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Bioanalytical chemist researches early testing options for ovarian cancer

Author: Deanna Csomo McCool

Rebecca Whelan 600

Rebecca Whelan, associate professor of chemistry and biochemistry, is excited to be a new faculty member at Notre Dame, where she can now do research with the aid of graduate students and postdoctoral researchers.

Whelan previously was a faculty member at Oberlin College, in Ohio, which does not offer graduate degrees. Therefore, all of her research in the field of bioanalytical chemistry – with one focus on developing new ways of testing for the presence of proteins in ovarian cancer cells that healthy cells don’t contain – was completed with the aid of undergraduate students only.

“I feel very, very fortunate to have been recruited at Notre Dame,” Whelan said. “I’m smiling. So far I’ve interacted with both graduate students and undergraduate students, and this is a remarkable community of learners; I am really impressed.”

Bioanalytical chemistry entails making measurements on samples that come from living beings, and Whelan searches for biomarkers  – those proteins made by cancer cells – of ovarian cancer. Because of its vague symptoms, ovarian cancer doesn’t usually get diagnosed until later stages, and therefore has a low five-year survival rate. If ovarian cancer could be detected earlier, many more lives would be saved. “So it’s a question of whether we can develop a blood test that gives us a way to detect early-stage ovarian cancer,” she said.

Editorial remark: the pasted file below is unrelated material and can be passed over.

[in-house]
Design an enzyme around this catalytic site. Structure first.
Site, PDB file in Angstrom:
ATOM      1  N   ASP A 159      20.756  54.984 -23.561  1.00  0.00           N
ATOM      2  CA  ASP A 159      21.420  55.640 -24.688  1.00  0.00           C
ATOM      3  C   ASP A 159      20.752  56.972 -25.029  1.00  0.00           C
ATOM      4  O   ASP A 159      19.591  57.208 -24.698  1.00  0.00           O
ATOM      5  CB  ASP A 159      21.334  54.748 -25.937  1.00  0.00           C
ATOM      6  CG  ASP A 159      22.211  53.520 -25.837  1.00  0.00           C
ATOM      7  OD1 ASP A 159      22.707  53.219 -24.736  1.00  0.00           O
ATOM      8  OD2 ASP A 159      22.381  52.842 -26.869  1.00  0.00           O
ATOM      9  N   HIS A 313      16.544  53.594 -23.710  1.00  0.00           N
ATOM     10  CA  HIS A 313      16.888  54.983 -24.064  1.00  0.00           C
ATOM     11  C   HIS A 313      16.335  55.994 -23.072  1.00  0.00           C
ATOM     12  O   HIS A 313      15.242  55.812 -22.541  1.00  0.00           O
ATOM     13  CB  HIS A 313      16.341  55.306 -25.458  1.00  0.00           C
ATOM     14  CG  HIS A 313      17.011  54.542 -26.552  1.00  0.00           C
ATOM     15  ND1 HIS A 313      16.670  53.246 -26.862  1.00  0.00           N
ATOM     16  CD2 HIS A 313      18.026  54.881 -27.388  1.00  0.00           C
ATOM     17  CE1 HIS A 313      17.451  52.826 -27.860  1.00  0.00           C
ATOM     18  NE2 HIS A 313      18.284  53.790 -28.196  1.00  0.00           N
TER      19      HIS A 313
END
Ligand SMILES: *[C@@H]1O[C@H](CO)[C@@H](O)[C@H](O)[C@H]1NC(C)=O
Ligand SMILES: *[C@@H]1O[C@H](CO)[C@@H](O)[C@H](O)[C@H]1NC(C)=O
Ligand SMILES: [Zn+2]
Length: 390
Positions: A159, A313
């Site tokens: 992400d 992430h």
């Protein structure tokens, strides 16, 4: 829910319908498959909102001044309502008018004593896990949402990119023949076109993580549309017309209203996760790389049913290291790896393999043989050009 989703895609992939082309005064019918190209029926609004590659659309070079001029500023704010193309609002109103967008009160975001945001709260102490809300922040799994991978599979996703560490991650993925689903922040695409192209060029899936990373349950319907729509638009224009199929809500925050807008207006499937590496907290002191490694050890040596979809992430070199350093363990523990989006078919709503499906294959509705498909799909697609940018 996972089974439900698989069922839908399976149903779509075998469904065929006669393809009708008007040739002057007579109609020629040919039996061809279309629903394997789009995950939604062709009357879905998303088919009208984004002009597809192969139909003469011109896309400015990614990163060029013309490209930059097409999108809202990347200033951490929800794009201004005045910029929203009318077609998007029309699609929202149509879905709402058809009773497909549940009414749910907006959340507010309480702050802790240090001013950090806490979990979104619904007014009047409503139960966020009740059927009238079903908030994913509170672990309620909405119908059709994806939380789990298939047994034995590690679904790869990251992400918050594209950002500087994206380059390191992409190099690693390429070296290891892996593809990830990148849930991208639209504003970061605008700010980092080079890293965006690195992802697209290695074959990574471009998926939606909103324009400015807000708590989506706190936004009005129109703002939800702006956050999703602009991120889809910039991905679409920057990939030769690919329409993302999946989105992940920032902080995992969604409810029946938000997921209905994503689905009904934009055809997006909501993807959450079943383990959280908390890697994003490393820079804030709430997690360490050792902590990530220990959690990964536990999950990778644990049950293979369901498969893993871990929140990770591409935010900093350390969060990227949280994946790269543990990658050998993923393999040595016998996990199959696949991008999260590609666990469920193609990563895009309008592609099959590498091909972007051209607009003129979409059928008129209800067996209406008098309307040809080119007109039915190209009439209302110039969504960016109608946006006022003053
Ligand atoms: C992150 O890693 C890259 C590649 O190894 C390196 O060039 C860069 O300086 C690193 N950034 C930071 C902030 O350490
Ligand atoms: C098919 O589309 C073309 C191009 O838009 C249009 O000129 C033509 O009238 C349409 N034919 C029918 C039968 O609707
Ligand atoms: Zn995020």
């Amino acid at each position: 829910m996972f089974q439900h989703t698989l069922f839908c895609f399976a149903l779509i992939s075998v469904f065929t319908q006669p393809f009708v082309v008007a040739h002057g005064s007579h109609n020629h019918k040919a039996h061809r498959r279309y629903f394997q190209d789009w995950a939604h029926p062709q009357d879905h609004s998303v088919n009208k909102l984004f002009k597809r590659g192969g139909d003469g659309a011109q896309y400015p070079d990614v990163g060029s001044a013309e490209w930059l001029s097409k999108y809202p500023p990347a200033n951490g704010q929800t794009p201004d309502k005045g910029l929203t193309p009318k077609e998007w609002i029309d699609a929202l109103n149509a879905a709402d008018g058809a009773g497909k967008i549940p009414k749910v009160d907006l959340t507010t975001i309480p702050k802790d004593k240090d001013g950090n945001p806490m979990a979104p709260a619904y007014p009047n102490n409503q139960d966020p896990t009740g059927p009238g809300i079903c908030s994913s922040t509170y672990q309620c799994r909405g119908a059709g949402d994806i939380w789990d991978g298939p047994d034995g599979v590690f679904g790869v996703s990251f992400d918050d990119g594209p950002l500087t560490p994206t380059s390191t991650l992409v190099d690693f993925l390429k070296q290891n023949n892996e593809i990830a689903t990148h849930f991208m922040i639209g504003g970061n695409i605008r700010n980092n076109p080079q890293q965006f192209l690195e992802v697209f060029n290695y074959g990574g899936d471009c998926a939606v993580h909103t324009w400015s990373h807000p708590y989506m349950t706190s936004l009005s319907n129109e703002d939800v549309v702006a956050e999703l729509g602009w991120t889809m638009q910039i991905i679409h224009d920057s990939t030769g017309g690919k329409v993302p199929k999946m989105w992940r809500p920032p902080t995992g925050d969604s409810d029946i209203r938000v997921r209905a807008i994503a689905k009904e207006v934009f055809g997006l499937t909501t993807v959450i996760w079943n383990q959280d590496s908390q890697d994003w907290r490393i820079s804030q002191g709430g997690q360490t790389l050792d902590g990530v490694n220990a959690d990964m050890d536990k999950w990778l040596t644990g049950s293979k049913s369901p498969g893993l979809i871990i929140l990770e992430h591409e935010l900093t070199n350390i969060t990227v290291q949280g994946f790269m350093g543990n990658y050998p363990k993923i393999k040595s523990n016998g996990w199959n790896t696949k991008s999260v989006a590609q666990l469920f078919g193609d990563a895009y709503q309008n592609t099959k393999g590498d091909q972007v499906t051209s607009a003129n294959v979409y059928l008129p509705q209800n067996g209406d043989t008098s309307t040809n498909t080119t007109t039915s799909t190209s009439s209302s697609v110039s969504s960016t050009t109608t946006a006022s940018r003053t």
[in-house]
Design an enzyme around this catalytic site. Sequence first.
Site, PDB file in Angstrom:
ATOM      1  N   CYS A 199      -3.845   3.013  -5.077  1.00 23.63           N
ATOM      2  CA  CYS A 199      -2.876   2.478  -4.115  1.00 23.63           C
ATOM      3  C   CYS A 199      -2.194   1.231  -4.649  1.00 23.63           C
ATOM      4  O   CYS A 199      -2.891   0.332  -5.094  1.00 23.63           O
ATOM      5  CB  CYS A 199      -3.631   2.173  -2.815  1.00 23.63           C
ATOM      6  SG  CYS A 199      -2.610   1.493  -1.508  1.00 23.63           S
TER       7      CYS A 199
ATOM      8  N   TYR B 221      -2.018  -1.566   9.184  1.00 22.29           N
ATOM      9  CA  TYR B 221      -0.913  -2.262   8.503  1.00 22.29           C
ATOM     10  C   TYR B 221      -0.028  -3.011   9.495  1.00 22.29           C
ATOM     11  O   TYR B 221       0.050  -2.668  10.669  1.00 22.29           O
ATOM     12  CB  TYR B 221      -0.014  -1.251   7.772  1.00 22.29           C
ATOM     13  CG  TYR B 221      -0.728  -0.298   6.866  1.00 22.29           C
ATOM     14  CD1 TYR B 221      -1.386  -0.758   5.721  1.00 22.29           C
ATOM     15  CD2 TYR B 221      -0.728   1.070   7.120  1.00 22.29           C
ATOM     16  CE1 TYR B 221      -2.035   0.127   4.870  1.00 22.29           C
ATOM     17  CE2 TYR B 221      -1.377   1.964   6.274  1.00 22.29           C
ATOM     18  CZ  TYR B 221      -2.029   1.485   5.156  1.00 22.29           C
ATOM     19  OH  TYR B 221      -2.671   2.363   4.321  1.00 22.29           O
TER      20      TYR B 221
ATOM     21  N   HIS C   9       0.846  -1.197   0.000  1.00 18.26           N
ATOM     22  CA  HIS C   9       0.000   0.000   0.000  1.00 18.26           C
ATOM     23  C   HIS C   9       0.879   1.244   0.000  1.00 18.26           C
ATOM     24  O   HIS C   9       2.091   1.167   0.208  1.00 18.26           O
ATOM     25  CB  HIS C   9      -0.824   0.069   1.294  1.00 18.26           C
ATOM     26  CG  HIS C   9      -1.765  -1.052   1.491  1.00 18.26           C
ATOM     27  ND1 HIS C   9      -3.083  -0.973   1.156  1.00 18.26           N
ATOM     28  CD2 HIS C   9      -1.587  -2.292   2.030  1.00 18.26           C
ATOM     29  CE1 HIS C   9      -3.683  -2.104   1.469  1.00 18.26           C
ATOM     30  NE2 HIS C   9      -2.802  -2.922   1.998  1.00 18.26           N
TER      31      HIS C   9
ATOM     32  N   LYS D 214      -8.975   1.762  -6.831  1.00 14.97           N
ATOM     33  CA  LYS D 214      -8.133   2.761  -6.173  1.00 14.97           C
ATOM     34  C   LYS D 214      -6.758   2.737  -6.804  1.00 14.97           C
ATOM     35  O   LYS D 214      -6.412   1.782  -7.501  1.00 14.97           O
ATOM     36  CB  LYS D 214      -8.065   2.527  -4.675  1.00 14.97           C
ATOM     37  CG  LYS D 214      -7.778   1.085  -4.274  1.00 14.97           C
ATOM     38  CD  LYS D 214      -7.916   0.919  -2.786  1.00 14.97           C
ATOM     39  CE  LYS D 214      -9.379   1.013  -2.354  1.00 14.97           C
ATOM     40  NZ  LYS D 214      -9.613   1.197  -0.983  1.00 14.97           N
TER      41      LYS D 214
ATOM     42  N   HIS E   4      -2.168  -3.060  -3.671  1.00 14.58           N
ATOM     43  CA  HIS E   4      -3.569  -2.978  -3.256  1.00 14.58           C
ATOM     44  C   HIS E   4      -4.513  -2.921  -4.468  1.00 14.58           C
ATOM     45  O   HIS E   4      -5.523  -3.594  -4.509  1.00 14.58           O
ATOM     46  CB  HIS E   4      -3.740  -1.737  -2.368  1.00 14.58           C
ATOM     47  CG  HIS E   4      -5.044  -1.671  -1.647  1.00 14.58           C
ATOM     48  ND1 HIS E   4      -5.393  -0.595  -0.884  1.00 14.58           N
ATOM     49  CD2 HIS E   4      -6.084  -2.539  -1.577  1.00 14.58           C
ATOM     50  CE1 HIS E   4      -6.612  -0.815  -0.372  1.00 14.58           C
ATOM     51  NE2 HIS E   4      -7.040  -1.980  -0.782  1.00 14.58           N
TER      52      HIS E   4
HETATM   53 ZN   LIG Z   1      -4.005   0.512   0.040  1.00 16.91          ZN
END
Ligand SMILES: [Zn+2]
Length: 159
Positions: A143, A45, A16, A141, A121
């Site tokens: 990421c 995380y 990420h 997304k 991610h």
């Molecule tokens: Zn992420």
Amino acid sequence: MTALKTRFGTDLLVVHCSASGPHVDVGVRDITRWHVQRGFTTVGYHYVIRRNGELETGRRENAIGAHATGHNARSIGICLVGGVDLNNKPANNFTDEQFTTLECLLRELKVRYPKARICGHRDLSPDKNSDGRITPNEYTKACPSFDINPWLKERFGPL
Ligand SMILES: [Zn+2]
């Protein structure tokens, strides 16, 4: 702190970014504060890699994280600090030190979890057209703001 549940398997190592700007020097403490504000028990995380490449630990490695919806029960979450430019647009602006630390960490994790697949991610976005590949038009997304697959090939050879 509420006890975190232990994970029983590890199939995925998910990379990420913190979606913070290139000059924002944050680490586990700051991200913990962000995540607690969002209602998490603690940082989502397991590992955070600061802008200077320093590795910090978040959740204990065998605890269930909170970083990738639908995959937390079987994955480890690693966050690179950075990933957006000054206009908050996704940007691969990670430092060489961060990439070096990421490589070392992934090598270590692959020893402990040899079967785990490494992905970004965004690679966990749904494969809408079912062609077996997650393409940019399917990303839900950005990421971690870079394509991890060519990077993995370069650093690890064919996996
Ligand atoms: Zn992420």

Protein biomarkers for cancer can be detected in the bloodstream using molecules called aptamers. They are single strands of DNA that have been “unzipped” from the other strand, and they’re useful because they try to stabilize by folding in upon themselves, leaving many small pockets and surfaces that may have the ability to bind to a protein in a cancer cell. Any of the million billion different pieces, synthesized by a company in Iowa, may be the “right” aptamer for the cancer cell, and Whelan’s lab uses an in-vitro process to find the right aptamer for the job. It’s like looking for a needle in a haystack.

“One way to think about it is evolution in a test tube,” she said. Applications for the research can span beyond cancer, and one of Whelan’s students is considering how to use the technique for diabetes.

Affiliated with the Harper Cancer Research Institute and Advanced Diagnostics and Therapeutics, Whelan also collaborates with the University of Wisconsin and faculty in that university’s obstetrics and gynecology department.

In her spare time while at Oberlin, Whelan enjoyed volunteering as an on-air personality for the campus radio station. It’s a role she hopes to take on soon at Notre Dame.

Whelan graduated with bachelors degrees in chemistry and English from Lawrence University in Wisconsin, and earned her doctorate in chemistry from Stanford. She worked as a postdoctoral researcher at the University of Michigan before being hired as an assistant professor at Oberlin College. She earned tenure there in 2011 and served as chair of the chemistry and biochemistry department from 2014 to 2018.

Originally published by Deanna Csomo McCool at science.nd.edu on April 03, 2019.